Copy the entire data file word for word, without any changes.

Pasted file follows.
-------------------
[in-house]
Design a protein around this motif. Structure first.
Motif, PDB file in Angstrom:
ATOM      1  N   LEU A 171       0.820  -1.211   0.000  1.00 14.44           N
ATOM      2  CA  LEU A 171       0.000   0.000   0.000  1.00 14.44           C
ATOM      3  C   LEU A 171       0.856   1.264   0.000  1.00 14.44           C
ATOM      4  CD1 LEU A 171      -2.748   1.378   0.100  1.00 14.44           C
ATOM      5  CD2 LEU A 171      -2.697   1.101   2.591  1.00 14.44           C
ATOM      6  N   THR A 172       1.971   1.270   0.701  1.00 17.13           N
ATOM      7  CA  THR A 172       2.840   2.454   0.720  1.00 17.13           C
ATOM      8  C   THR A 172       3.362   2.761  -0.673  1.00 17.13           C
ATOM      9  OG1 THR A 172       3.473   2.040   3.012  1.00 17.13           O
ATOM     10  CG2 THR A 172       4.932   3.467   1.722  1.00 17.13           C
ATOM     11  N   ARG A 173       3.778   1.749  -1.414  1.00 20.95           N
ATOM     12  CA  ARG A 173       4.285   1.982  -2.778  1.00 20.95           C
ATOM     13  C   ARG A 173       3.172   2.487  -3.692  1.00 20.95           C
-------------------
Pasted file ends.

[in-house]
Design a protein around this motif. Structure first.
Motif, PDB file in Angstrom:
ATOM      1  N   LEU A 171       0.820  -1.211   0.000  1.00 14.44           N
ATOM      2  CA  LEU A 171       0.000   0.000   0.000  1.00 14.44           C
ATOM      3  C   LEU A 171       0.856   1.264   0.000  1.00 14.44           C
ATOM      4  CD1 LEU A 171      -2.748   1.378   0.100  1.00 14.44           C
ATOM      5  CD2 LEU A 171      -2.697   1.101   2.591  1.00 14.44           C
ATOM      6  N   THR A 172       1.971   1.270   0.701  1.00 17.13           N
ATOM      7  CA  THR A 172       2.840   2.454   0.720  1.00 17.13           C
ATOM      8  C   THR A 172       3.362   2.761  -0.673  1.00 17.13           C
ATOM      9  OG1 THR A 172       3.473   2.040   3.012  1.00 17.13           O
ATOM     10  CG2 THR A 172       4.932   3.467   1.722  1.00 17.13           C
ATOM     11  N   ARG A 173       3.778   1.749  -1.414  1.00 20.95           N
ATOM     12  CA  ARG A 173       4.285   1.982  -2.778  1.00 20.95           C
ATOM     13  C   ARG A 173       3.172   2.487  -3.692  1.00 20.95           C